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The laws of fluorite and calcite habit formation in terms of the morphogenetic structural-chemical concept

Authors
Journal
Journal of Crystal Growth
0022-0248
Publisher
Elsevier
Publication Date
Identifiers
DOI: 10.1016/s0022-0248(98)01148-8
Keywords
  • Crystal Habit
  • Solution Composition
  • Adsorption
  • Fluorite
  • Calcite
Disciplines
  • Chemistry
  • Earth Science
  • Geography

Abstract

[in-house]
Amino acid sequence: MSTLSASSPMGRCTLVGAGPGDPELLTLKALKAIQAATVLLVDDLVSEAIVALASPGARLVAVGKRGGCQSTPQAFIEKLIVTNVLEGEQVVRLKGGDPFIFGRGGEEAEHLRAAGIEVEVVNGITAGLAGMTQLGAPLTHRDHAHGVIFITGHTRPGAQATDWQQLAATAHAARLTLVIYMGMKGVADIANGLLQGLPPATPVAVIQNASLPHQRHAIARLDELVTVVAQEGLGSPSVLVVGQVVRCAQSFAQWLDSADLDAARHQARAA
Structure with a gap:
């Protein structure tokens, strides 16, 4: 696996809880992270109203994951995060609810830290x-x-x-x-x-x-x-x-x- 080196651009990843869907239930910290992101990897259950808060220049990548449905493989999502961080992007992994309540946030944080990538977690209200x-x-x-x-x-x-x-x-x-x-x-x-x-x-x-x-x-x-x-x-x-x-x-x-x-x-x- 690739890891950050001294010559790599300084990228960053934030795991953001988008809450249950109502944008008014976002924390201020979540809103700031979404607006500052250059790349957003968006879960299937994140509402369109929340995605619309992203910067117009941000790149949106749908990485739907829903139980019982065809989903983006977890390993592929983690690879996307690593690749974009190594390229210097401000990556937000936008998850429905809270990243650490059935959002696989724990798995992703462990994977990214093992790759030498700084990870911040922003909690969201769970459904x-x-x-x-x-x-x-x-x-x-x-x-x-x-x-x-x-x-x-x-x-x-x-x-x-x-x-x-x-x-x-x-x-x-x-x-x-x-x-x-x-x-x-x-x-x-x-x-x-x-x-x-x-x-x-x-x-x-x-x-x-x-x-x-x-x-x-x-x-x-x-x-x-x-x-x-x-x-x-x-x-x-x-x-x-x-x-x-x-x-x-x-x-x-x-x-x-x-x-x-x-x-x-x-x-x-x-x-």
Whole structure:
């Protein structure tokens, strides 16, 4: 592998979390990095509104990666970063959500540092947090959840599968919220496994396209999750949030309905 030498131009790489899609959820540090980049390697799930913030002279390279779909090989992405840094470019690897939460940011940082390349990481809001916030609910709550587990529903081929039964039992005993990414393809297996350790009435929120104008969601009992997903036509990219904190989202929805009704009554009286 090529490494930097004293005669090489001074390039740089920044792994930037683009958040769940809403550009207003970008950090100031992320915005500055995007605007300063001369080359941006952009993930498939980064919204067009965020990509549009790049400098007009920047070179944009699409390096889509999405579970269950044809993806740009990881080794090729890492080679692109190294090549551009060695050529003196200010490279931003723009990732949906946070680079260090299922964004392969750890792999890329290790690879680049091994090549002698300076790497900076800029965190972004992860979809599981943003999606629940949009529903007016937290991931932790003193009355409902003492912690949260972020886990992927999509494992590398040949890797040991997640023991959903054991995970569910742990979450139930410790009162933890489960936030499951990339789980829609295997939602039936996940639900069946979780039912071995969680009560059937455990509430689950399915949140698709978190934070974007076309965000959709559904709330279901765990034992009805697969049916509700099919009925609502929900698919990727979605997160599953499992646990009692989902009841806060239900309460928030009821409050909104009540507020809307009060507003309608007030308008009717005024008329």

Abstract Effects of solution components, pH, temperature and supersaturation on fluorite and calcite habits (the modern and formerly obtained data) were generalised. Fluorite was synthesised in 40 flux systems (350–1000°C), 7 hydrothermal systems (100–420°C), and about 30 aqueous systems at room temperatures. It is faced mostly by {1 0 0} and {1 1 1}; octahedron as well as rare faces {1 1 0} and {1 1 2} which are displayed preferably at higher temperatures and far from the neutrality. Calcite was synthesised in more than 50 aqueous systems at room temperatures. It is faced mostly by {1 0 1 ̄ 1}+{0 0 0 1}+{0 1 1 ̄ 2} (the cleavage rhombohedron type); strongly alkaline media containing sulphates and citrates cause {0 8 ̄ 8 1}+{0 0 0 1} (the sharpest rhombohedron type). Morphogenetic effectivenesses of the solution components at different conditions were estimated by the comparison of habit variations of these substances. These results were interpreted in terms of the structural-chemical concept of crystal habit formation. In general, the composition and structure of the adsorbed solvent film determining the faceting are deduced from the correlation between the morphodrome and phase diagram features as well as from the epitaxial adsorbate–substrate congruence. Specifically, water adsorbed on fluorite and calcite with help of Ca(OH) 2-layers, is characterised by the dominant morphogenetic effectiveness at the relatively low temperature range close to neutral media, causing cube and pinacoid on these minerals. The appearance of the other faces is connected with destruction of adsorbed Ca(OH) 2 complexes.

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